Restoring felons’ right to vote long overdue
FROM THE LEFT
Many supporters, myself included, of Amendment 4 (Voting Rights Restoration for Felons Initiative), for felons who have served their sentences, were deeply disturbed by the results of a recent poll conducted by the Florida Chamber of Commerce, which reported that of the 13 amendments that will appear on the Nov. 6 ballot, Amendment 4 received the lowest support.
For several years, countless volunteers went door to door to collect the 766,200 signatures required for the referendum to be placed on the November ballot. If this amendment fails to receive 60 percent of the vote, when will the opportunity present itself again?
Florida has the unique distinction of being the only state where felons must wait an additional five to seven years after completing their sentence, which includes parole and probation, before they’re eligible to apply to have their rights restored.
The process is lengthy and cumbersome, requiring the felon to supply numerous case-related documents. Then, once submitted, the application takes several years to process. Offenders who have committed more serious crimes are required to travel to Tallahassee for a hearing before the clemency board. If rejected, applicants must wait two years to reapply.
This is not an issue of the 21st century or even of this decade but has its roots in Florida’s Constitution, ratified in 1838, which established felony disenfranchisement. This law took effect in 1845, when Florida became a state.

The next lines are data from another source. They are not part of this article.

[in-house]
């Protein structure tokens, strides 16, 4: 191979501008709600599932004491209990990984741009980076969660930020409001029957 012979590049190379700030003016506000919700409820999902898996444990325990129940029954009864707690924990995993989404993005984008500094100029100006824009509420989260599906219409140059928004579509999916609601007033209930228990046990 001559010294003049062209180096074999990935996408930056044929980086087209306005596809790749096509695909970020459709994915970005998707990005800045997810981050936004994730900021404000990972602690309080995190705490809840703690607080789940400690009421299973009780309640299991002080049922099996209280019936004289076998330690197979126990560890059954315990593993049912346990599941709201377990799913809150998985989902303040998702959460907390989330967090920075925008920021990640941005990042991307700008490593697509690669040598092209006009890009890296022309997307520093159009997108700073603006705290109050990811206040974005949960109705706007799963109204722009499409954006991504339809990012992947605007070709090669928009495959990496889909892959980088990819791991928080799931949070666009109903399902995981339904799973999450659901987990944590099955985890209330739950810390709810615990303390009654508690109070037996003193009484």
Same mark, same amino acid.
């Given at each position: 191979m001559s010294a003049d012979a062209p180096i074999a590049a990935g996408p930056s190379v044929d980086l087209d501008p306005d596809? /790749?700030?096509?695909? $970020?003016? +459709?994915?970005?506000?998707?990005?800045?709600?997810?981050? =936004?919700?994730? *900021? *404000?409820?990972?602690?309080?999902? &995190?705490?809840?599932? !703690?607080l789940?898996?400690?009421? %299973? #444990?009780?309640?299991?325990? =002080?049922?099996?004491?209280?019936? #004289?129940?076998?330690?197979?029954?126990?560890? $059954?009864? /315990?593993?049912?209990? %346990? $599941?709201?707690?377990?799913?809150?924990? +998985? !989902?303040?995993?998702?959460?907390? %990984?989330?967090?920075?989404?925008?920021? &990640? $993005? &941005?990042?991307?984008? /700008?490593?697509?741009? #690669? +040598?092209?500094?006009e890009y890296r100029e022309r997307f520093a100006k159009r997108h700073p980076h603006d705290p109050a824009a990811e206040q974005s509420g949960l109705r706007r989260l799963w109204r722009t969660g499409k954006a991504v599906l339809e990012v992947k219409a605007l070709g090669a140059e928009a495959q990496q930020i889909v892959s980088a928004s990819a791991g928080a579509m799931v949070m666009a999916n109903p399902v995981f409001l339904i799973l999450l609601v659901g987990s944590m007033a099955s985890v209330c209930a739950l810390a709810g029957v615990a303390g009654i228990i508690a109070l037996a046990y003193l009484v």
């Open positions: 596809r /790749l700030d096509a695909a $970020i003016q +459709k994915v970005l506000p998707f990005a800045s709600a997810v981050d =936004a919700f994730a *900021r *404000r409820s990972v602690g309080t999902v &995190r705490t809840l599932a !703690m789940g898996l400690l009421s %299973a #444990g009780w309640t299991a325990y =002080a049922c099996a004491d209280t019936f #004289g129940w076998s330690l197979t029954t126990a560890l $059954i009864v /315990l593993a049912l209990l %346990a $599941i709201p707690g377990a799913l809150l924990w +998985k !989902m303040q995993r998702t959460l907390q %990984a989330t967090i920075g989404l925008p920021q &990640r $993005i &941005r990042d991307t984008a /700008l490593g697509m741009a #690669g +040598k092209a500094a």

There were no reforms in felon voting rights until 1968, and that change only simplified the wording to include only felonies as reasons to ban criminals from voting. In 2007, Gov. Charlie Crist passed legislation that allowed ex-felons to regain the right to vote if approved by Florida’s parole commission. This allowed over 150,000 ex-felons to regain the right to vote, but it was reversed under Gov. Rick Scott, who also added a five-year waiting period between the end of a sentence and application for voting reinstatement.
In 2011, the Florida Rules of Executive Clemency eliminated the automatic restoration of civil rights, and the ability to vote will no longer be granted for any offenses.
What are the statistics and racial demographics of those disenfranchised? Not surprising, these laws are deeply rooted in our country’s troubled racial history and have a disproportionate impact on minorities.
Across the country, one in every 13 voting-age African-Americans has lost the right to vote, which is four times higher than the rate for all other Americans. Bringing these numbers closer to home, 10.43 percent of Florida’s population is disenfranchised, or 1,686,318 Floridians. Florida has the highest rate of disenfranchised citizens in the nation, and 23.3 percent of black voters in Florida can’t vote because of felony disenfranchisement.
By Patricia Jackson